It is a source of great sorrow to me that I have yet to watch Ghost Rider I, the original fiery debut of Johnny Blaze, the soul-selling, skull-headed, fire-peeing, bike-riding ghoul from hell. Fortunately, this regret has been appeased tonight by Blaze’s resurrection in the theatres, thanks to Ghost Rider: Spirit of Vengeance. There’s no time for dillying and dallying here – Johnny Blaze has the world to save, in the shape of a young boy fought over by the devil himself and some rather extreme heavily tattooed religious mountainous zealots. If Blaze can save the child from the devil then he might just save his own soul. Whether he really wants salvation or not is another matter.
Ghost Rider oozes fire. There isn’t a scrap of flesh on his bones. Instead of skin he wears scorched leather riding gear. His grin is like the fiery jaws of hell itself. He loves what he is and when Johnny Blaze transforms into this flaming avenger of evil he might fight it a little but he laughs as he changes.
This all works because the man doing the transforming, the gurning, the pithy one liners, the bike riding, the fire peeing, the vengeance wreaking is none other than Nicolas Cage, here at his bonkers best. If ever there’s a man that you can believe has sold his soul to the devil it’s Nic Cage and I mean that in the nicest possible way. No-one comes close.
Drive Angry was one of my films of 2011 (my review is here), a glorious, preposterous romp of a devil movie intensified by 3D, which also plays an unobtrusive and effective role here, at its best. Drive Angry, though, had an advantage over Ghost Rider: Spirit of Vengeance – it was an 18 certificate. Every act or joke or twist of taste could be taken to its extreme, where it belonged. Ghost Rider is a disappointing 12A. It can only hint at what really goes on in the mind of Johnny Blaze. It isn’t pretty.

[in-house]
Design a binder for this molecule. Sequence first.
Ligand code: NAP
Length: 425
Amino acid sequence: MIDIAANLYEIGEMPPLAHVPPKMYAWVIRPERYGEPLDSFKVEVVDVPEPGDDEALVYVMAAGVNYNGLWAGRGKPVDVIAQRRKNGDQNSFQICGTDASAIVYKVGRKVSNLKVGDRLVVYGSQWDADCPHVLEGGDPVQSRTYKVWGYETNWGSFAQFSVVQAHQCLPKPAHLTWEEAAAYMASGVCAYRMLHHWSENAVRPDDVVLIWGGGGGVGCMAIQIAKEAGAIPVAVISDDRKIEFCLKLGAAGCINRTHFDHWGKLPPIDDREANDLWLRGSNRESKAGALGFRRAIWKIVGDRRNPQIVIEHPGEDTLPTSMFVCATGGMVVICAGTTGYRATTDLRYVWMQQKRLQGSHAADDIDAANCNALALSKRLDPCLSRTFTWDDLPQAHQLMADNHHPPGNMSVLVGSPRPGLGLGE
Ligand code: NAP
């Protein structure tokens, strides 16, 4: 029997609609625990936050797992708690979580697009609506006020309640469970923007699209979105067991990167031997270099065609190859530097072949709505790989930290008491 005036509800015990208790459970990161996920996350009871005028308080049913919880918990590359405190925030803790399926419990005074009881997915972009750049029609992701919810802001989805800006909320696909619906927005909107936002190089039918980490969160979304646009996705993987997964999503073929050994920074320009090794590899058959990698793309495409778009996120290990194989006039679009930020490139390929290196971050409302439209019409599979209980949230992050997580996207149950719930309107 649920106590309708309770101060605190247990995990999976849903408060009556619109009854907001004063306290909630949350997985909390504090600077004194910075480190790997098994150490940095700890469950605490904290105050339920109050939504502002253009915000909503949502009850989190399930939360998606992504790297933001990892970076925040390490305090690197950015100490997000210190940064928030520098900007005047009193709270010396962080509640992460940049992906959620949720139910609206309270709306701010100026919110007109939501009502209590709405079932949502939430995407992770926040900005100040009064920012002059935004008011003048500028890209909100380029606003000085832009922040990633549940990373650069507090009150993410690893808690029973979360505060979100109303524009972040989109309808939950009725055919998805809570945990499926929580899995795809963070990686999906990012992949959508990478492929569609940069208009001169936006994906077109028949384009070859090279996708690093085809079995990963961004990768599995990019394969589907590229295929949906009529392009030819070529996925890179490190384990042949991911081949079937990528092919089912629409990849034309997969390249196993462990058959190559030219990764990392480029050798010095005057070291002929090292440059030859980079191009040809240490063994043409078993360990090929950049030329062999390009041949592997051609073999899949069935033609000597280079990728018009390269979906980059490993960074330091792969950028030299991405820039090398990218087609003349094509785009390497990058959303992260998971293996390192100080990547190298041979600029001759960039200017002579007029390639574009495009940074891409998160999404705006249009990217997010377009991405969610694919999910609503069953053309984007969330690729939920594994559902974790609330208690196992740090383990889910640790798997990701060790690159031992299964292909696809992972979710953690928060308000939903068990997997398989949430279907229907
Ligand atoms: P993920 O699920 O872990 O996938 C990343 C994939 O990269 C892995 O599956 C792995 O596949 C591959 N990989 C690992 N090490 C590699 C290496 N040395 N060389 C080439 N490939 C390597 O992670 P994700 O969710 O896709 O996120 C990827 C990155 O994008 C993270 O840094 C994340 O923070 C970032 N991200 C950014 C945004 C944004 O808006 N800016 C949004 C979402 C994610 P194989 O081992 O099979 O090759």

Nevertheless, there is much to enjoy here among the Turkish ruins. As well as Johnny himself, there is Ciarán Hinds as a baddie that we know could be badder if it weren’t for the certificate. There is also Johhny Whitworth as the rather unpleasantly mouldy Carrigan and Christopher Lambert as Methodius (a kind of Paul Bettany role). To add a bit of female interest there is Violante Placido as Nadya, the mother of the potentially evil boy (one must wonder about the father). There is also a script with more than its fair share of amusing Nic Cage throw away lines (something about wine and a salad for example). And then there’s the pounding soundtrack. Having David S. Goyer (The Dark Knight, Batman Begins, FlashForward, Blade, Mission to Mars) as writer and producer doesn’t hurt a bit.
Ghost Rider won’t challenge your brain cells but if you love Nic Cage in bonkers mode, enjoyed Drive Angry and wanted a bit more of that – but with bikes instead of supercars – then you will be very happy to spend some time laughing and grimacing at and with Ghost Rider: Spirit of Vengeance. What’s not to like?